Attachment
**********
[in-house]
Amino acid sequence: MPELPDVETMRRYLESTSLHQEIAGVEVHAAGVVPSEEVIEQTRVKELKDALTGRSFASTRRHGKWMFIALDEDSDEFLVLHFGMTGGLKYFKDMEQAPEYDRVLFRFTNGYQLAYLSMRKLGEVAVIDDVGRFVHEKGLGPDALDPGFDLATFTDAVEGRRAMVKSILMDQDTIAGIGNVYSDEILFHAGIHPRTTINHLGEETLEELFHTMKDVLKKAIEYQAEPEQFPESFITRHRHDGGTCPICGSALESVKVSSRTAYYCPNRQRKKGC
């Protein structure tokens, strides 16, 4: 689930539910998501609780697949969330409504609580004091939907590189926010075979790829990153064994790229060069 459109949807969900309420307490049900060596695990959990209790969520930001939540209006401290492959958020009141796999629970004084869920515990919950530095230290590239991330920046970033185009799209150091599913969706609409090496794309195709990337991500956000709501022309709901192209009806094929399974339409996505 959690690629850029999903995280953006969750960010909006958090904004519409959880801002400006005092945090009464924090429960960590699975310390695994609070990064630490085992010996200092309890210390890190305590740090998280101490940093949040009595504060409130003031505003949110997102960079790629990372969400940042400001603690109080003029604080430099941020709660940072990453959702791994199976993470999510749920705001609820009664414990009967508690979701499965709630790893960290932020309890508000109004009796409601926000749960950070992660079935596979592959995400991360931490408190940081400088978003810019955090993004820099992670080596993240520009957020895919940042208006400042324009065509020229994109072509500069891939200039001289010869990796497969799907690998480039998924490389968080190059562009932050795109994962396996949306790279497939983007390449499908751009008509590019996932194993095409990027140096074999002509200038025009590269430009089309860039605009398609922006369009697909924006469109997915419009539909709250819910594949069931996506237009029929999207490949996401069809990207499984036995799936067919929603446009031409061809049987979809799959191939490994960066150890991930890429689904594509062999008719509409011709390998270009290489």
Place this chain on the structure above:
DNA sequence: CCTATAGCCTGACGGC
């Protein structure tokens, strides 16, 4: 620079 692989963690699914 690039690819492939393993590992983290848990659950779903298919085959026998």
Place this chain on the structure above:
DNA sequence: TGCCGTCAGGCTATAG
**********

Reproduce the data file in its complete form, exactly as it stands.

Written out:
[in-house]
Amino acid sequence: MPELPDVETMRRYLESTSLHQEIAGVEVHAAGVVPSEEVIEQTRVKELKDALTGRSFASTRRHGKWMFIALDEDSDEFLVLHFGMTGGLKYFKDMEQAPEYDRVLFRFTNGYQLAYLSMRKLGEVAVIDDVGRFVHEKGLGPDALDPGFDLATFTDAVEGRRAMVKSILMDQDTIAGIGNVYSDEILFHAGIHPRTTINHLGEETLEELFHTMKDVLKKAIEYQAEPEQFPESFITRHRHDGGTCPICGSALESVKVSSRTAYYCPNRQRKKGC
């Protein structure tokens, strides 16, 4: 689930539910998501609780697949969330409504609580004091939907590189926010075979790829990153064994790229060069 459109949807969900309420307490049900060596695990959990209790969520930001939540209006401290492959958020009141796999629970004084869920515990919950530095230290590239991330920046970033185009799209150091599913969706609409090496794309195709990337991500956000709501022309709901192209009806094929399974339409996505 959690690629850029999903995280953006969750960010909006958090904004519409959880801002400006005092945090009464924090429960960590699975310390695994609070990064630490085992010996200092309890210390890190305590740090998280101490940093949040009595504060409130003031505003949110997102960079790629990372969400940042400001603690109080003029604080430099941020709660940072990453959702791994199976993470999510749920705001609820009664414990009967508690979701499965709630790893960290932020309890508000109004009796409601926000749960950070992660079935596979592959995400991360931490408190940081400088978003810019955090993004820099992670080596993240520009957020895919940042208006400042324009065509020229994109072509500069891939200039001289010869990796497969799907690998480039998924490389968080190059562009932050795109994962396996949306790279497939983007390449499908751009008509590019996932194993095409990027140096074999002509200038025009590269430009089309860039605009398609922006369009697909924006469109997915419009539909709250819910594949069931996506237009029929999207490949996401069809990207499984036995799936067919929603446009031409061809049987979809799959191939490994960066150890991930890429689904594509062999008719509409011709390998270009290489």
Place this chain on the structure above:
DNA sequence: CCTATAGCCTGACGGC
């Protein structure tokens, strides 16, 4: 620079 692989963690699914 690039690819492939393993590992983290848990659950779903298919085959026998």
Place this chain on the structure above:
DNA sequence: TGCCGTCAGGCTATAG